5190.0: Wednesday, November 15, 2000 - 2:35 PM

Abstract #11642

Measuring the economic value of hospital community benefits in California

Ed Mendoza, MPH, Elsa Murphy, and David Werdegar, MD, MPH. California Office of Statewide Health Planning and Development, 1600 9th Street, Room 433, Sacramento, CA 95814, (916) 654-1606, emendoza@oshpd.state.ca.us

In 1994, California law recognized that, in exchange for their tax exempt status, non-profit hospitals assume a social obligation to provide community benefits in the public interest. To that end, 209 non-profit hospitals are now required to submit an annual report to the state documenting what community benefits they provide to their communities and quantifying the economic value of these benefit activities. The statute defines community benefit to include unreimbursed costs of providing care (e.g., charity care) as well as new program activities (e.g., community health education) that arise as a result of community needs assessments. Both hospitals and the state have attempted to establish methods for documenting the value of the variety of community benefits reported. However, traditional methods of accounting, usually applied to the unreimbursed cost of care (which are problematic, in and of themselves), do not easily translate to non-traditional hospital services, and cannot be easily applied where community benefit activities involve a broad collaboration among many community partners. This paper discusses the advantages and disadvantages of several approaches to economic valuation ranging from those that are based on hospital accounting principles to those based on a “social accountability model”. The differences in approaches serve to highlight basic value conflicts in the program. Fiscal accountability, which is often focused on a hospital’s unreimbursed cost of care, may not necessarily apply to priority areas identified through the needs assessment process and may not serve to encourage a hospital to expand its scope of services to meet those needs.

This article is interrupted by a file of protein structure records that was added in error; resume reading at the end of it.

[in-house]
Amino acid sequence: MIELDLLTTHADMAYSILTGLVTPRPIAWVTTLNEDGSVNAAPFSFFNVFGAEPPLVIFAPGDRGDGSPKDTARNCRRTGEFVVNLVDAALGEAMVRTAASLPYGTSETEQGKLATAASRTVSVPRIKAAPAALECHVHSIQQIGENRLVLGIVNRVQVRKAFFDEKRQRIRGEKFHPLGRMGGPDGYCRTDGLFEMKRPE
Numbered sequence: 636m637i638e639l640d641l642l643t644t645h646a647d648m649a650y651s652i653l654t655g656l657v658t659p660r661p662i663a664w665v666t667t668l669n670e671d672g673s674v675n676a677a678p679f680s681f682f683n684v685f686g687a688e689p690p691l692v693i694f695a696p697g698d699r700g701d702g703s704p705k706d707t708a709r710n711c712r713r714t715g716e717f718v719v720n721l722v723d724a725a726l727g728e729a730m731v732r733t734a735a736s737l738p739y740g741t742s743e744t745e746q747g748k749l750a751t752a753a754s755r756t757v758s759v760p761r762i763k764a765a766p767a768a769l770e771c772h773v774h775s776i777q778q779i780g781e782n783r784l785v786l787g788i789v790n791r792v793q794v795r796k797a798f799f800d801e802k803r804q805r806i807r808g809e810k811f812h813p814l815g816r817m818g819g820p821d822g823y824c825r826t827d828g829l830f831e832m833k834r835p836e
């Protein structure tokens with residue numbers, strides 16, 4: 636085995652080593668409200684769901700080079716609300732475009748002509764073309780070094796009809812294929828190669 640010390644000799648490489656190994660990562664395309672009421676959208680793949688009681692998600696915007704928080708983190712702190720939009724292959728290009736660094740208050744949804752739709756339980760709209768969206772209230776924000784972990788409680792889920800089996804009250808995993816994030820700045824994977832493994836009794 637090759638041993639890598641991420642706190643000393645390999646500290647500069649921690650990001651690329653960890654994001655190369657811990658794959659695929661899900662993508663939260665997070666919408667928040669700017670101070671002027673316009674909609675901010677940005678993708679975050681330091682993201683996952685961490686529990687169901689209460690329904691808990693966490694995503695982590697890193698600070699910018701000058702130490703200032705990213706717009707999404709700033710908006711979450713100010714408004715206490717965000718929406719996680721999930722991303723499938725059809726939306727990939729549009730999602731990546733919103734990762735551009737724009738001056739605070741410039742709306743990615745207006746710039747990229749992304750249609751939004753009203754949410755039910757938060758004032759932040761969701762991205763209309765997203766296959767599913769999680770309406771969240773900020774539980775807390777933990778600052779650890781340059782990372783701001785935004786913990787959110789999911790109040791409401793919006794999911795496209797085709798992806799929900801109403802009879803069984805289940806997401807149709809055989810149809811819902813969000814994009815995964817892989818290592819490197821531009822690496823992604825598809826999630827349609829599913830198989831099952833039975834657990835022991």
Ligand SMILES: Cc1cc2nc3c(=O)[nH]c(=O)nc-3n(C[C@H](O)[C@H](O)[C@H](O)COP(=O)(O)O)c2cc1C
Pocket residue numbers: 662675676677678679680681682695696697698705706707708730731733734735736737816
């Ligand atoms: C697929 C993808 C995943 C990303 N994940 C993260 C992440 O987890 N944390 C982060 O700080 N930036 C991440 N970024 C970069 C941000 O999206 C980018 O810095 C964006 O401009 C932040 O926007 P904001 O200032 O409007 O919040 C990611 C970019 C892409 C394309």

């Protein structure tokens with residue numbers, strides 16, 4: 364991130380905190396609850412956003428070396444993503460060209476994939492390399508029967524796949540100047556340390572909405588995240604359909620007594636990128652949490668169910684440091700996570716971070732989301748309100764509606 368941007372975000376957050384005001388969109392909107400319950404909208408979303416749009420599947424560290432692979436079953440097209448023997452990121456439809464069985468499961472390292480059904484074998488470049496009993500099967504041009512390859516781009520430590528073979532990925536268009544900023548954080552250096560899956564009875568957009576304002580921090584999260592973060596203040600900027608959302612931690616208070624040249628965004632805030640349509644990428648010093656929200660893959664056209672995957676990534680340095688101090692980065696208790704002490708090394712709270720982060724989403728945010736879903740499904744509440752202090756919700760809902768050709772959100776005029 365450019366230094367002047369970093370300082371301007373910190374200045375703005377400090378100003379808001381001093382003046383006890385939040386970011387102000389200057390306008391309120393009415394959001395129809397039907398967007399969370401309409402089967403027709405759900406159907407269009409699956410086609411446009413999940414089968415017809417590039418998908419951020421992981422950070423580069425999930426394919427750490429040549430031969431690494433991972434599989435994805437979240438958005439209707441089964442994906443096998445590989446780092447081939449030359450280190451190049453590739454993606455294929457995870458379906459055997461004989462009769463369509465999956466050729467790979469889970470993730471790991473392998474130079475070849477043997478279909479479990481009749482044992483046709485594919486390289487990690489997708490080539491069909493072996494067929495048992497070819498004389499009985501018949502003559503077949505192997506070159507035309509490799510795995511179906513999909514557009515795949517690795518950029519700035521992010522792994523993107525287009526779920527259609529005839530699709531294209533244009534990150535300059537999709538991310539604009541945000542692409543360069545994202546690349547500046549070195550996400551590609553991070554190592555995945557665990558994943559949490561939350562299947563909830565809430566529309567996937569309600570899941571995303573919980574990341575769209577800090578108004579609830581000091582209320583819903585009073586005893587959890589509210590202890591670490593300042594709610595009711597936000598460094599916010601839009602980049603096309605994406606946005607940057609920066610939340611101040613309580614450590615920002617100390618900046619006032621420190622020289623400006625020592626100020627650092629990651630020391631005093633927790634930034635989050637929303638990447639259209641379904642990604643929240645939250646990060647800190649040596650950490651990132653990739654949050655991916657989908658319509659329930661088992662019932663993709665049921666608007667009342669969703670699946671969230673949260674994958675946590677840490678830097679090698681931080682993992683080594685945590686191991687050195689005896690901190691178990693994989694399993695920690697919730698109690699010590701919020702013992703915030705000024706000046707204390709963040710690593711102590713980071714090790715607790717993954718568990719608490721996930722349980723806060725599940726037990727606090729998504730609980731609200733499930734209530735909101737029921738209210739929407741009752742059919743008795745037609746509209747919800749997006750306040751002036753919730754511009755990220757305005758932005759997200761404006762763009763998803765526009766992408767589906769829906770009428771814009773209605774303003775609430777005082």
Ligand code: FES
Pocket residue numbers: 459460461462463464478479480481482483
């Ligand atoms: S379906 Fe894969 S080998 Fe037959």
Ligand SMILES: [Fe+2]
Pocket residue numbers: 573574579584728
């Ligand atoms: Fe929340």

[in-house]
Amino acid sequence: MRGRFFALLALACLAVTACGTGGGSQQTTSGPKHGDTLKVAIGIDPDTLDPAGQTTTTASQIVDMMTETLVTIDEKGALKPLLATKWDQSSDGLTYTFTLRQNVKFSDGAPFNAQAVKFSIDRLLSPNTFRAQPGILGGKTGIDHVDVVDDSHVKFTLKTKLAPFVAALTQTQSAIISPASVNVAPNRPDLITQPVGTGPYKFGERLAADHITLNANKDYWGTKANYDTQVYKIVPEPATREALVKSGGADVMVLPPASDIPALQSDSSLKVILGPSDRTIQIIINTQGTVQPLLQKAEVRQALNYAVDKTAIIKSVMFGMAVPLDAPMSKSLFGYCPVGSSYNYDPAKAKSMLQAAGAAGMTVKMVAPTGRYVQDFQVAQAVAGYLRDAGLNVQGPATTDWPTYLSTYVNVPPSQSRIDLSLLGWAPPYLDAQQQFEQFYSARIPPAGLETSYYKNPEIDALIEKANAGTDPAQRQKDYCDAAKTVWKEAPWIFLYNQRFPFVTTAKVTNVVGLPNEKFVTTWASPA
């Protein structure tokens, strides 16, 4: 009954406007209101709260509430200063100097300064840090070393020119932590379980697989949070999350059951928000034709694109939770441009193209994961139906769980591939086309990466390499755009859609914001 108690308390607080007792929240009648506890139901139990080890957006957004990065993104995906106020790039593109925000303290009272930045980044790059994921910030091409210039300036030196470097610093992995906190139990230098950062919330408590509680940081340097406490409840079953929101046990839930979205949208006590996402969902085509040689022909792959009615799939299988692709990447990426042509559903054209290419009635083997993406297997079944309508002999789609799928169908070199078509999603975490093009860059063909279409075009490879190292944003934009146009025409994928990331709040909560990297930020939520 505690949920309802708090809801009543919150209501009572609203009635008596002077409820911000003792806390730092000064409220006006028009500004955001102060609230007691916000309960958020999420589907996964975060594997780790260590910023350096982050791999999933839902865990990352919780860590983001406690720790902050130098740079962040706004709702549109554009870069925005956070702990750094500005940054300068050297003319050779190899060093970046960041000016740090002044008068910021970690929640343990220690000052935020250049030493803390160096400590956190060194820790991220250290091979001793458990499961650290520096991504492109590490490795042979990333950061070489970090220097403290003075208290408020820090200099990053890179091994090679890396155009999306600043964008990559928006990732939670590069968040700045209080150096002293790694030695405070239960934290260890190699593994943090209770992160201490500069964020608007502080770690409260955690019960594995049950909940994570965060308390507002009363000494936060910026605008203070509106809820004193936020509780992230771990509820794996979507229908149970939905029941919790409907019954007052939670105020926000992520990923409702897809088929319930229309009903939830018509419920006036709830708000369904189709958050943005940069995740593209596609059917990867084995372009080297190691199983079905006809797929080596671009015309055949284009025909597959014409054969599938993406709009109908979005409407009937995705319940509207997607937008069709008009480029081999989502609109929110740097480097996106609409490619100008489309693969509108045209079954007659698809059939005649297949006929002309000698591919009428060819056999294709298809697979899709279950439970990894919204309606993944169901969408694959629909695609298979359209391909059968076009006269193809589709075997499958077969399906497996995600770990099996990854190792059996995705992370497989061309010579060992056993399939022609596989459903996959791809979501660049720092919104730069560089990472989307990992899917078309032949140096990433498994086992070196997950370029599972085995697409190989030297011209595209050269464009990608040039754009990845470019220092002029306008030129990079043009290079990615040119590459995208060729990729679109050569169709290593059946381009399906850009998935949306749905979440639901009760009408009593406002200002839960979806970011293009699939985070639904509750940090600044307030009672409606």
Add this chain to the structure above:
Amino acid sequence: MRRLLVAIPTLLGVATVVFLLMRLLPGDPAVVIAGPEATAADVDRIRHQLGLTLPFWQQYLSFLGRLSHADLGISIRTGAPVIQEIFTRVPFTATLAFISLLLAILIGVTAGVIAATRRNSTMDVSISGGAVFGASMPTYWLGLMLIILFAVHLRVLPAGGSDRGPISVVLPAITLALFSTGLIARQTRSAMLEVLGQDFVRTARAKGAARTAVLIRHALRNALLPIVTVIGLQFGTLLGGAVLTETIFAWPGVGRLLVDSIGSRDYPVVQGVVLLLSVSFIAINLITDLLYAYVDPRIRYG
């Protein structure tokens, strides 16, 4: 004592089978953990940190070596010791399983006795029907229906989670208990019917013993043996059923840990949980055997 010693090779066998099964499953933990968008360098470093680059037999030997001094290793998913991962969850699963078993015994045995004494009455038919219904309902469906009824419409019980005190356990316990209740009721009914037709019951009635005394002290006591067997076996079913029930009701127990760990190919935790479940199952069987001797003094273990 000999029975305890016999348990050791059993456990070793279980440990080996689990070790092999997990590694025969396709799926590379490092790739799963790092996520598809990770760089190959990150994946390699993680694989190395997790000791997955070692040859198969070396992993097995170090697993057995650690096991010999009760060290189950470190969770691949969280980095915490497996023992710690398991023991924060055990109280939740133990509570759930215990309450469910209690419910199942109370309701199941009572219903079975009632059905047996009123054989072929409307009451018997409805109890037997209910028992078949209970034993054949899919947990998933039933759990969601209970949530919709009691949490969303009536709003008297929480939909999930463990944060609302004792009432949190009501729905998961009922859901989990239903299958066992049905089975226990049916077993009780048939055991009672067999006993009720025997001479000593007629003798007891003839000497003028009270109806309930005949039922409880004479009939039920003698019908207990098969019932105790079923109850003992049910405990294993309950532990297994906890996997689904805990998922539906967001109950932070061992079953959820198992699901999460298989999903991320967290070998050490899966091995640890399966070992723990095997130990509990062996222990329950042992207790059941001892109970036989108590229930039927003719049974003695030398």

Learning Objectives: At the conclusion of session, participants should be able to: (1) describe the California statutory provisions that require non-profit, community hospitals to report community benefits to the state; (2) identify various methods for quantifying the economic value of these community benefits; and (3) discuss the impact of these methods on the nature and scope of community benefit activities

Keywords: Community Benefits, Economic Analysis

Presenting author's disclosure statement:
Organization/institution whose products or services will be discussed: California Office of Statewide Health Planning and Development
I have a significant financial interest/arrangement or affiliation with any organization/institution whose products or services are being discussed in this session.
Relationship: Employment

The 128th Annual Meeting of APHA